Where Now for TV Love?
It may be telling that several days after Standoff debuted, its official website was still “under development” and full of features that were “Coming Soon”. Could Standoff be going shortly? I’d be hard pushed to argue otherwise. The premise is flawed to the point of fatuousness. You can almost hear the cookie-cutting geniuses at work: “Hey, let’s take an idea for a movie, say, hostage negotiation. Stir in a little Moonlighting chemistry and a bit of that stuff called humour. It’s primetime TV gold. Waddaya say?”
Confronted by a P.O.C. (work it out) like this, you have to ask yourself whether the creators of Standoff ever expected it to develop any kind of legs. Did they believe they could contrive a suitably different and yet convincing scenario each week for a full season? And if they honestly thought they could pull off that very difficult trick, then why didn’t they come up with a better idea for their premiere episode?
To be fair, the Standoff debut began quite nicely. An all grown up Luke Duke (Tom Wopat) had a handgun, his two kids, and a cell phone in his car; and negotiator extraordinaire Matt Flannery (Ron Livingston) was trying to talk him out of a Hostage Rescue Team sniper’s bullet with his name on it.
But no sooner had this promising opening scene been established than Standoff began its rapid and apparently irreversible descent.
Acting on the orders of Supervisory Special Agent In Charge, Cheryl Carrera (Gina Torres), HRT took control of the crisis and prepared to take the former Duke of Hazzard out. Following Hollywood conventions, Flannery then had no choice but to put himself between HRT’s super-sniper scopes and their target. And to start chewing up the scenery like a bulimic showboater on crank.
I didn’t time it, and I don’t have the heart to watch the scene again, but I’d guess it took Standoff less than four minutes to have its star broadcast to the entire world that he’d been having a secret affair with his negotiating partner, Emily Lehman (Rosemarie DeWitt), and consequently, he knew exactly where Luke Duke was coming from. Because sleeping with your partner is now and has always been every bit as serious a crime as kidnapping your own children and threatening to shoot them in the middle of downtown Los Angeles while holding up traffic.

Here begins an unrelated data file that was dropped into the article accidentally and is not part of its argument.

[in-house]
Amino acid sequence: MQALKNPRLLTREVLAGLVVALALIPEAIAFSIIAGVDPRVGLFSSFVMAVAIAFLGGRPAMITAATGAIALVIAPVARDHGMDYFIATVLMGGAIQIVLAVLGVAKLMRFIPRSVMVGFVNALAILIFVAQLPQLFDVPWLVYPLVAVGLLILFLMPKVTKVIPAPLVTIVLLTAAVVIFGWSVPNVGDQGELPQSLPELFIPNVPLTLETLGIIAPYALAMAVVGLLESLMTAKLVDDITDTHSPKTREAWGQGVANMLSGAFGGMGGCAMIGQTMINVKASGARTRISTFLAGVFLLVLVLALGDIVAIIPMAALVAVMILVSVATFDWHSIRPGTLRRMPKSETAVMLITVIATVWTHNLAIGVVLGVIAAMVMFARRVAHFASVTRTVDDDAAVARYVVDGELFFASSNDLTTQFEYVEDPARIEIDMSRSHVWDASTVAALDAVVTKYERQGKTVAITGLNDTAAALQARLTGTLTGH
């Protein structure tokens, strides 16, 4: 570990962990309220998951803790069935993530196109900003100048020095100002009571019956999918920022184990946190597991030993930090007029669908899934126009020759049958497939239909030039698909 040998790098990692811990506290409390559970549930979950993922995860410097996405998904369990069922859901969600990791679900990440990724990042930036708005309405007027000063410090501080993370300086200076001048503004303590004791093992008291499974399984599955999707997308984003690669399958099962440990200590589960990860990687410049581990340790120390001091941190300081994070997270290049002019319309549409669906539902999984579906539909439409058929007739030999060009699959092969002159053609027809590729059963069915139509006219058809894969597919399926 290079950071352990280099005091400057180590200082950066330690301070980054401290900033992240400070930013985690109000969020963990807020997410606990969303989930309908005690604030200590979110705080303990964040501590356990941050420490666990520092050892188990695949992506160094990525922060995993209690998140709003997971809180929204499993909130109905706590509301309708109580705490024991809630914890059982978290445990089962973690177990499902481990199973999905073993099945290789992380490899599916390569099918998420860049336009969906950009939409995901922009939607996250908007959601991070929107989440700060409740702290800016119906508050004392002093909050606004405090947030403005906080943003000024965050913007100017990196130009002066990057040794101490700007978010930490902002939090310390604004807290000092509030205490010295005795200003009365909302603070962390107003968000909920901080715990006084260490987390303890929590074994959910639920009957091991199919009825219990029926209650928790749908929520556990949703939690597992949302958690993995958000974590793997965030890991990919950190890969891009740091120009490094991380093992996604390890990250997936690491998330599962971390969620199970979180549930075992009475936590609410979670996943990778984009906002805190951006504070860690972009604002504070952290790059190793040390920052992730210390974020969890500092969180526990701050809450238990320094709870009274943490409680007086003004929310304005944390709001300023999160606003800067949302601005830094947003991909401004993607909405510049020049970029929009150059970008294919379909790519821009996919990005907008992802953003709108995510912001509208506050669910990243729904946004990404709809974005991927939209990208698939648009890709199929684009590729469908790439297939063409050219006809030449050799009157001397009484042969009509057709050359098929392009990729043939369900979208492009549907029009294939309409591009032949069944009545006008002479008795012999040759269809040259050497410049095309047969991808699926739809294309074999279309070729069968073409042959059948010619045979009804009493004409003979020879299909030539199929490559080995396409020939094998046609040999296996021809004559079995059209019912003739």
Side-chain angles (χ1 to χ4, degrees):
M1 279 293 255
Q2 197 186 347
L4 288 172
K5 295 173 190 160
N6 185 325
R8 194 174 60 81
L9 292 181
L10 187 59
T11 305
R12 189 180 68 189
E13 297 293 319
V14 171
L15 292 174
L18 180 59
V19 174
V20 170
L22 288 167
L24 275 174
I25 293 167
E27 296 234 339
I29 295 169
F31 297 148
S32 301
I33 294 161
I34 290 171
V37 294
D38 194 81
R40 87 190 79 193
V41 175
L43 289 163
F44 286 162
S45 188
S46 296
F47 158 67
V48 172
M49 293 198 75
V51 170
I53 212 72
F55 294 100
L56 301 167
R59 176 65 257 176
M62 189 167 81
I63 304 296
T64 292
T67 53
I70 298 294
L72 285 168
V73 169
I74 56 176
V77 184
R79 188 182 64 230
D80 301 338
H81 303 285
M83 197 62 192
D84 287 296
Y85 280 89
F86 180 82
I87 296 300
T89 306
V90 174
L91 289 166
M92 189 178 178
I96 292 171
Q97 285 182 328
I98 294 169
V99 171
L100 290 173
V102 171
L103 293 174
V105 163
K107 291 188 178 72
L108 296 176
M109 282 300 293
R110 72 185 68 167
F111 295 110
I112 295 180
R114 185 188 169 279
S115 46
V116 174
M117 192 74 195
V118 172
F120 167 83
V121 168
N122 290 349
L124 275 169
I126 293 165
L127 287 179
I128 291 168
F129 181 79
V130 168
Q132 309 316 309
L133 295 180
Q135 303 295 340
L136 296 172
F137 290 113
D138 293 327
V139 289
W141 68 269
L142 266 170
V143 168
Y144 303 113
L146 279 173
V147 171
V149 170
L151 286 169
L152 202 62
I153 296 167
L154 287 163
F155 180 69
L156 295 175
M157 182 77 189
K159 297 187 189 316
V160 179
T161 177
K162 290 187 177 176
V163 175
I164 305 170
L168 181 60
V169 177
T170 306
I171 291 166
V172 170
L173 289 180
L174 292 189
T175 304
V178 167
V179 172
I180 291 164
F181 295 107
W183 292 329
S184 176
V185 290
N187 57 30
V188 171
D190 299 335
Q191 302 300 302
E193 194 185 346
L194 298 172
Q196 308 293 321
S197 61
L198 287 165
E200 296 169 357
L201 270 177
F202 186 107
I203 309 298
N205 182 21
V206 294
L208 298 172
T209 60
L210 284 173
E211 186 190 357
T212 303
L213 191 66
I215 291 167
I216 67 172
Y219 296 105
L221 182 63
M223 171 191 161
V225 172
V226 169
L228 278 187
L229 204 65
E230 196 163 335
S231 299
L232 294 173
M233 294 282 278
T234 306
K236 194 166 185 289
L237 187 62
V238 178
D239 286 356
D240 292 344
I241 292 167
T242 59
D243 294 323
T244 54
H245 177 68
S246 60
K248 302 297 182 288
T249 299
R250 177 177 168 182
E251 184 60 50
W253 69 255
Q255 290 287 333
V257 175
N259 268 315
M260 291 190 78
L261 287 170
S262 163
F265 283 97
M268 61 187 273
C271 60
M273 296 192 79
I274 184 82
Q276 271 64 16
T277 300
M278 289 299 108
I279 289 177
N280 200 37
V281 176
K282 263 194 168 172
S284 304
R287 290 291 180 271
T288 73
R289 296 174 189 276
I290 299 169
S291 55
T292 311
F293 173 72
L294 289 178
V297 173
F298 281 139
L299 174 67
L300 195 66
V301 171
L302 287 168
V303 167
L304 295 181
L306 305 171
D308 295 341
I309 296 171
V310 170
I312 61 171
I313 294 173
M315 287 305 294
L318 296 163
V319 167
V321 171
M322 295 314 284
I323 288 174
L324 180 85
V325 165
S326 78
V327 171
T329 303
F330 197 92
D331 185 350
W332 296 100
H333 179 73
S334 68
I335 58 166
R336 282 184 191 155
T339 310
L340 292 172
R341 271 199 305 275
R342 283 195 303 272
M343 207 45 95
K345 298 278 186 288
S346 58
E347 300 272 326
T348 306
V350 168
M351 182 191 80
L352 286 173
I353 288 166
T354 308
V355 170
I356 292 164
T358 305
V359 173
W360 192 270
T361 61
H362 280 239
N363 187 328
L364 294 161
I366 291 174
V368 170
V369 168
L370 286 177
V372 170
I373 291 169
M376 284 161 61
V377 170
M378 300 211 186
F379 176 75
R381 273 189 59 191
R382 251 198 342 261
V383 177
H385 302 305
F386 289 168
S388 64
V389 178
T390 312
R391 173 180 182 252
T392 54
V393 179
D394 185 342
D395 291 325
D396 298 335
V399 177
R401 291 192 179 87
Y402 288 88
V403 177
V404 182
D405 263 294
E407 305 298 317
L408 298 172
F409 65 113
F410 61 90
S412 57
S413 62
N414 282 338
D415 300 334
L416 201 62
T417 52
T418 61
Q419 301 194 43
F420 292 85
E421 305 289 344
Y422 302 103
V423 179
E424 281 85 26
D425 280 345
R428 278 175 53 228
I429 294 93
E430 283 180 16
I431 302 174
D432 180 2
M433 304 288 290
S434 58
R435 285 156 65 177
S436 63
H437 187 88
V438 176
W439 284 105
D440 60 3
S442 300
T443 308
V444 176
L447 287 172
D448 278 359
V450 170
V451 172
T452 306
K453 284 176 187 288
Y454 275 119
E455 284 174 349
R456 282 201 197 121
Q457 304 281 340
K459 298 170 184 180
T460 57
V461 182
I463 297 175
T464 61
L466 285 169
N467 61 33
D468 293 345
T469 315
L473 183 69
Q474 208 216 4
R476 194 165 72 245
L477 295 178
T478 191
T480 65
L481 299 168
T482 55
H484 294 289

The initial crisis resolved, Standoff moved immediately to its next point of tension. In the straitlaced world of Crisis Negotiation, partners are encouraged to hang out together, but not to exchange fluids. One, apparently, is good for morale. The other might affect the negotiators’ judgment. Oh my. Where now for TV love?
A long and silly story made short: there followed a good deal of Where Is This Relationship Going, a little of Isn’t My Floppy Fringe Just Fantastic, and an entirely risible second hostage situation. The college-aged son of a Senator pretended to be an Islamic convert to the gospel of Al-Qaeda just so he could kill himself in public and really stick it to his parents. Rosemarie DeWitt exchanged herself for an entire coffee shop full of hostages. The boy’s mother told him she was sorry. He cried. And everyone went happily home to exchange fluids.
Or did they?
Standoff almost entirely lacks the imagination and strong characters of Fox’s Justice. And despite an occasionally fine comic touch, it has nothing like the stellar wit of House. Standoff does, however, have a cast that deserves better, especially Torres. Unhappily for these actors, and for fans of Ron Livingston’s fringe, I can’t see Standoff remaining with us for many more weeks. But then, I expected the same of Bones and look what a truly first rate show that has become.
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